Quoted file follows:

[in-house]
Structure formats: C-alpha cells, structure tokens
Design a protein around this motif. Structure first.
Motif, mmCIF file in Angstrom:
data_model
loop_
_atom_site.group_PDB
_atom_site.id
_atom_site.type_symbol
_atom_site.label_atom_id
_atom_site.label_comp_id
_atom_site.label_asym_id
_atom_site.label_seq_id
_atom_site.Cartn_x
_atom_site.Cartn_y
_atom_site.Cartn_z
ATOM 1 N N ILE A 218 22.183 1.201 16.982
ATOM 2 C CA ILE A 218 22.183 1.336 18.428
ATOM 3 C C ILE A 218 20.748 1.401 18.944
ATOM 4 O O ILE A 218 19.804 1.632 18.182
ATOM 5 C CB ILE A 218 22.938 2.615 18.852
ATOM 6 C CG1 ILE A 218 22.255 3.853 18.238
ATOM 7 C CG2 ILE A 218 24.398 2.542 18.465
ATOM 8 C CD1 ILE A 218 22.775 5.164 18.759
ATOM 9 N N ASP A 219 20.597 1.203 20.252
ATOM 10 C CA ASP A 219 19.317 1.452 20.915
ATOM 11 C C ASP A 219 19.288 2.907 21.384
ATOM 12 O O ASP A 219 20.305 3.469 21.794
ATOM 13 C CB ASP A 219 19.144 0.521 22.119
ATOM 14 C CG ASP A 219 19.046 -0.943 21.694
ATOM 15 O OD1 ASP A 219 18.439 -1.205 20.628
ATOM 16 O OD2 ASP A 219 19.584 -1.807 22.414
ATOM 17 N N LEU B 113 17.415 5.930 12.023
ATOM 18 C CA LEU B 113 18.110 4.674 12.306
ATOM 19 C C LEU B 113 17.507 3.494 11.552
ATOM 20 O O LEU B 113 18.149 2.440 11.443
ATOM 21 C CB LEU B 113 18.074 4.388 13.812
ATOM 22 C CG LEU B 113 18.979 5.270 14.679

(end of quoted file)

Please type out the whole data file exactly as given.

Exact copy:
[in-house]
Structure formats: C-alpha cells, structure tokens
Design a protein around this motif. Structure first.
Motif, mmCIF file in Angstrom:
data_model
loop_
_atom_site.group_PDB
_atom_site.id
_atom_site.type_symbol
_atom_site.label_atom_id
_atom_site.label_comp_id
_atom_site.label_asym_id
_atom_site.label_seq_id
_atom_site.Cartn_x
_atom_site.Cartn_y
_atom_site.Cartn_z
ATOM 1 N N ILE A 218 22.183 1.201 16.982
ATOM 2 C CA ILE A 218 22.183 1.336 18.428
ATOM 3 C C ILE A 218 20.748 1.401 18.944
ATOM 4 O O ILE A 218 19.804 1.632 18.182
ATOM 5 C CB ILE A 218 22.938 2.615 18.852
ATOM 6 C CG1 ILE A 218 22.255 3.853 18.238
ATOM 7 C CG2 ILE A 218 24.398 2.542 18.465
ATOM 8 C CD1 ILE A 218 22.775 5.164 18.759
ATOM 9 N N ASP A 219 20.597 1.203 20.252
ATOM 10 C CA ASP A 219 19.317 1.452 20.915
ATOM 11 C C ASP A 219 19.288 2.907 21.384
ATOM 12 O O ASP A 219 20.305 3.469 21.794
ATOM 13 C CB ASP A 219 19.144 0.521 22.119
ATOM 14 C CG ASP A 219 19.046 -0.943 21.694
ATOM 15 O OD1 ASP A 219 18.439 -1.205 20.628
ATOM 16 O OD2 ASP A 219 19.584 -1.807 22.414
ATOM 17 N N LEU B 113 17.415 5.930 12.023
ATOM 18 C CA LEU B 113 18.110 4.674 12.306
ATOM 19 C C LEU B 113 17.507 3.494 11.552
ATOM 20 O O LEU B 113 18.149 2.440 11.443
ATOM 21 C CB LEU B 113 18.074 4.388 13.812
ATOM 22 C CG LEU B 113 18.979 5.270 14.679